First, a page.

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Minox BD 10x44 BP Binoculars Review

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When Joanne Mead needed a new pair of binoculars, she found she was spoilt for choice. Here she takes a close look at the Minox BD 10x44 binoculars she finally settled on.

I needed a pair of new binoculars; my old ones were hopeless while wearing spectacles, there wasn’t enough eye relief. The Lee Valley Bird-watching Fair was a good place to look, not only would several suppliers be there, but I was in the right place to test them properly and it had the added advantage of being within walking distance of home. Minox BD 10x44 BP
What was I looking for?
  • 10x42 binoculars, possibly roof prism
  • Waterproof construction
  • Good eye relief to allow for a full field of view with spectacles
  • Easy to use
  • Budget £250-£300
Obviously buying at the Bird Fair, with special deals on offer on the day, it might have been possible to get a good bargain getting more for my budget.

I did try a pair of binoculars that were on special offer, they were from a different manufacturer – 10x42 roof prism binoculars reduced from £249 to £179. I thought I was in luck, however when I tested my purchase in the park, I discovered to my horror that in some situations, I was getting bad chromatic aberration (colour fringing) – I wasn’t happy so they were returned and I tried again. This was important, and certainly highlights the importance of testing binoculars thoroughly in real-life situations.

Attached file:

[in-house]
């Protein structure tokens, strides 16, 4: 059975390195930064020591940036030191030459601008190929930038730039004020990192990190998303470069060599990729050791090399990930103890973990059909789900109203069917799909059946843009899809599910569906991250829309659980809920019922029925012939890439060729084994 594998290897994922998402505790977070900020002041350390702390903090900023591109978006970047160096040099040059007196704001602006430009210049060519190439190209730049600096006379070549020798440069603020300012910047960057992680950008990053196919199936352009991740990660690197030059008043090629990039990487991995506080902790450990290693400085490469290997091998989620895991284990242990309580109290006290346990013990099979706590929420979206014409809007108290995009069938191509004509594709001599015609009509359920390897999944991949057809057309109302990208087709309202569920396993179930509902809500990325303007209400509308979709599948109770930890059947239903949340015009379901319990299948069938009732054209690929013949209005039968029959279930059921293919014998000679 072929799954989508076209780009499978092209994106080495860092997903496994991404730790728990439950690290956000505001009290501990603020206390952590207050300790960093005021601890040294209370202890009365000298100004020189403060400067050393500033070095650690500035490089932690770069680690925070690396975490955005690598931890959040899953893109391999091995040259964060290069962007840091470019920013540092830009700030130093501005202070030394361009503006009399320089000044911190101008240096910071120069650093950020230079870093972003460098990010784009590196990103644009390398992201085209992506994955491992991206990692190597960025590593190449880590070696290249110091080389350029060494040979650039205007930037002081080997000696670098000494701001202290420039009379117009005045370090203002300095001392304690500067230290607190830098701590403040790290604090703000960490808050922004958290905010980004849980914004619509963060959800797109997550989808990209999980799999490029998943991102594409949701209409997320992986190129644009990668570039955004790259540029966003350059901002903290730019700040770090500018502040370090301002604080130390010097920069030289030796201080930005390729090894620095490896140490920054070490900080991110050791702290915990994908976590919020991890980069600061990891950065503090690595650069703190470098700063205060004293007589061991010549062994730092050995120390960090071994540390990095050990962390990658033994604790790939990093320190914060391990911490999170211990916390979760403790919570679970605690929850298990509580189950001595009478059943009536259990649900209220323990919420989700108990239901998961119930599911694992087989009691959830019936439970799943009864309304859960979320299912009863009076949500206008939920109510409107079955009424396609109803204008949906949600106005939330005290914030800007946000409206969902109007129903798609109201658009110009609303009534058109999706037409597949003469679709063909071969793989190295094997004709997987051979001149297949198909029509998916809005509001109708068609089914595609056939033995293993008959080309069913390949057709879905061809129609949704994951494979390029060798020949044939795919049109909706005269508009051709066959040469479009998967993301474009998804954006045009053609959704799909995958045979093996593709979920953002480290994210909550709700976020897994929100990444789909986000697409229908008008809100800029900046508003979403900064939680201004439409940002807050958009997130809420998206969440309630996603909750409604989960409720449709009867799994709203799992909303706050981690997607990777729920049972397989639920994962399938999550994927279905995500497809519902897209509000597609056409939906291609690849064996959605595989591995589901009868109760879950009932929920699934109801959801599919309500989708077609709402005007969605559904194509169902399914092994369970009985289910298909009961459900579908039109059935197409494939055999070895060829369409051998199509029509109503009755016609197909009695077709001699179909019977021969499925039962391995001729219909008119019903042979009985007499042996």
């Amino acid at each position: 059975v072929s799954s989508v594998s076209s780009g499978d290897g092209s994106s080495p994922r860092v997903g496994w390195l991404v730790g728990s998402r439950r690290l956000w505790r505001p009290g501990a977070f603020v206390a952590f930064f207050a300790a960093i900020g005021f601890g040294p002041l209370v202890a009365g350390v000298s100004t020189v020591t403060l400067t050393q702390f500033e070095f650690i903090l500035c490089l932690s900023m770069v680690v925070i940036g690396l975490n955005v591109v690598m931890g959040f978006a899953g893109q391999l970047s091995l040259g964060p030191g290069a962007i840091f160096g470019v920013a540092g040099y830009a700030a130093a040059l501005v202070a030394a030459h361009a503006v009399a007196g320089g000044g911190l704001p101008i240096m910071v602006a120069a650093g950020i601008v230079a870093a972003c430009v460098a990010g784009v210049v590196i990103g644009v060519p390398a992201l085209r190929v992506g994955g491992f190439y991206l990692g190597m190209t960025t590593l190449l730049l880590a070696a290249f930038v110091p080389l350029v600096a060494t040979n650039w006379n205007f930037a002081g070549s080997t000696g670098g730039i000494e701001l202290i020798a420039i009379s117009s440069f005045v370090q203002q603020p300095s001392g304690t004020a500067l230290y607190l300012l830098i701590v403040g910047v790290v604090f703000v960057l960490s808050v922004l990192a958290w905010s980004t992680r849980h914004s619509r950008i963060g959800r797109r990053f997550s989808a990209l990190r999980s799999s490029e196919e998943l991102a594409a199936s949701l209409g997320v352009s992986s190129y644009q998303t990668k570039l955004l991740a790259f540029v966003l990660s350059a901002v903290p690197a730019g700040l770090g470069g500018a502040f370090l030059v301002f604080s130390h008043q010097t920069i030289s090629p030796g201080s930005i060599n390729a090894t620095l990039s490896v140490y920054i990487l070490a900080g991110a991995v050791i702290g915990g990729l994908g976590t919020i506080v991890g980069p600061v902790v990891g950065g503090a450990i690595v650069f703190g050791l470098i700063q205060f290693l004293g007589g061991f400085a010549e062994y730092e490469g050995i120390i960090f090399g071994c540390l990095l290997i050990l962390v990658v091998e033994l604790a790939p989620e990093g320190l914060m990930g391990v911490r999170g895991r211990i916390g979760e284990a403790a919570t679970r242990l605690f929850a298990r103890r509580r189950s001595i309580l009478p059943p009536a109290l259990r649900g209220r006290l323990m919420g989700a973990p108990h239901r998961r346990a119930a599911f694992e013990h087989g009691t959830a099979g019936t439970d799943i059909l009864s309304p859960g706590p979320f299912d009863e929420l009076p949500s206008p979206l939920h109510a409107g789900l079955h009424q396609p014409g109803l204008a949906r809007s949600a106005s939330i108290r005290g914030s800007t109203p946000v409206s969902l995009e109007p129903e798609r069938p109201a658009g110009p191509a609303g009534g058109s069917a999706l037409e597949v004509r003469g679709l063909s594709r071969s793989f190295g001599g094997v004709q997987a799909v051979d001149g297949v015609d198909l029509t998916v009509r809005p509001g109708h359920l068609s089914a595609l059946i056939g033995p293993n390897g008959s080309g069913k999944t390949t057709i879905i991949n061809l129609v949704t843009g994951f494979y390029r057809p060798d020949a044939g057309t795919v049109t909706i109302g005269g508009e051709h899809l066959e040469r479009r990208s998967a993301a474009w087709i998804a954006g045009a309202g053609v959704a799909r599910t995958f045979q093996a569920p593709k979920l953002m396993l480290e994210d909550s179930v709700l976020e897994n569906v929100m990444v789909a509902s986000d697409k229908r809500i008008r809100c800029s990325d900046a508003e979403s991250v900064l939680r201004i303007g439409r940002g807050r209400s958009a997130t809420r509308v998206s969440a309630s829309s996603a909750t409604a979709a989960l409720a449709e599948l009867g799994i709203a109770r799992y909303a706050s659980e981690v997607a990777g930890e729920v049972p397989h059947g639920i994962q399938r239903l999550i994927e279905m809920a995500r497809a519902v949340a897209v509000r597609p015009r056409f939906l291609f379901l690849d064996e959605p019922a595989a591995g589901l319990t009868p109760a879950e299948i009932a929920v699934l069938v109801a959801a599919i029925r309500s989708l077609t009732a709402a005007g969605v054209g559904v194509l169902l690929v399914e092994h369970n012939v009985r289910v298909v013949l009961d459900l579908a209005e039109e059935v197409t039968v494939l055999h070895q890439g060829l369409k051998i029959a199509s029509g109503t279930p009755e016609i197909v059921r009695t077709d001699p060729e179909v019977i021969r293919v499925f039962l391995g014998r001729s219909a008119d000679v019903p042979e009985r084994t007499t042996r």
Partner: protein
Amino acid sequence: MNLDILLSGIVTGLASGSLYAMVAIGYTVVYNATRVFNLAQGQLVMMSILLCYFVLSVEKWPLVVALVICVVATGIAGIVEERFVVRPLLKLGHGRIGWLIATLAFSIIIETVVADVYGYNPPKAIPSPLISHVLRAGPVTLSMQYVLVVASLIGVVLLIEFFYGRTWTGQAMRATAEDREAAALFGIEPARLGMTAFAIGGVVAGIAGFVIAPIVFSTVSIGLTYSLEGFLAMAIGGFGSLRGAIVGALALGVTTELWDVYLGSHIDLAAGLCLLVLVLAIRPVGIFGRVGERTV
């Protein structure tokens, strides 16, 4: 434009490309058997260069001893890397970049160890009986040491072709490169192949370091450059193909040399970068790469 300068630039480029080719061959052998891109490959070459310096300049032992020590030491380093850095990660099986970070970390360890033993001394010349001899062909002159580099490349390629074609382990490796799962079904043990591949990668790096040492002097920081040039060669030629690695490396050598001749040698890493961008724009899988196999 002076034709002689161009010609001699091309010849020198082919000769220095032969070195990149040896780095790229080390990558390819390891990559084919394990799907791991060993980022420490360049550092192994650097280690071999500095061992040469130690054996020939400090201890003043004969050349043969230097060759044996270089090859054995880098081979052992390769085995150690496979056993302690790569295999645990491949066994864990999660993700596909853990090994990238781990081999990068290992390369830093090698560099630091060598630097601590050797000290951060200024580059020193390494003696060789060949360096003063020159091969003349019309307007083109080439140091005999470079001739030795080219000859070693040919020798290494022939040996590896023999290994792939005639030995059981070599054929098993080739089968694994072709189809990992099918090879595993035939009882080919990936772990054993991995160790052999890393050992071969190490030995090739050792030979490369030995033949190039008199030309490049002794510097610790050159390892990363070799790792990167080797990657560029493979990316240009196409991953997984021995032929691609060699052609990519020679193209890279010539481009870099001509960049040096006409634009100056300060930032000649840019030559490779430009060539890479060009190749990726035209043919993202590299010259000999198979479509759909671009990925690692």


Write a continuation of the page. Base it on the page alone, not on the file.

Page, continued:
The Purchase
After my initial disappointment, I visited the Newpro stand at the Bird Fair. Newpro are distributors for Minox binoculars. Their Minox specialist Dave Morgan was on hand to help. After a brief discussion of my requirements, I tested their new lightweight 10x42 roof prism binoculars. In high contrast situations there was some colour fringing evident, but it was better controlled. It was suggested that I try Minox’s new 10x44 porro prism model. The 10x44 porro’s sat nicely in the hand and there was plenty of eye relief. I put them to my eye and the view was absolutely superb. There was no evidence of colour fringing either. I was allowed to compare the two models until I had made a decision – but after some testing the porro prism model was an obvious winner.

Type: Porro prism
Size: 126x183 mm
Weight: 800g
Magnification: 10x
Objective diameter: 44mm
Exit pupil: 4.2mm
Eye Relief: 16mm
Field of View: 89m at 1,000m
Closest focus: 3.5m
Dioptre adjustment: ± 2 dioptre (lockable)
Waterproof: yes (to 5m)
Gas-filled: yes (argon)
Twilight factor: 20.5
Operating temperature: -10°C to +45°C
Warranty: 30 years
Price: £299 complete with neoprene strap, rainguard, caps for objective lenses and soft case.

Ergonomics: The BD 10x44 BP porro prism binoculars from Minox are a modern design. They have internal focusing. As a result they have been sealed and argon filled to make them waterproof to 5 metres and resistant to misting. They are bigger than a roof prism binocular, but they sit nicely into the hand and are comfortable to hold.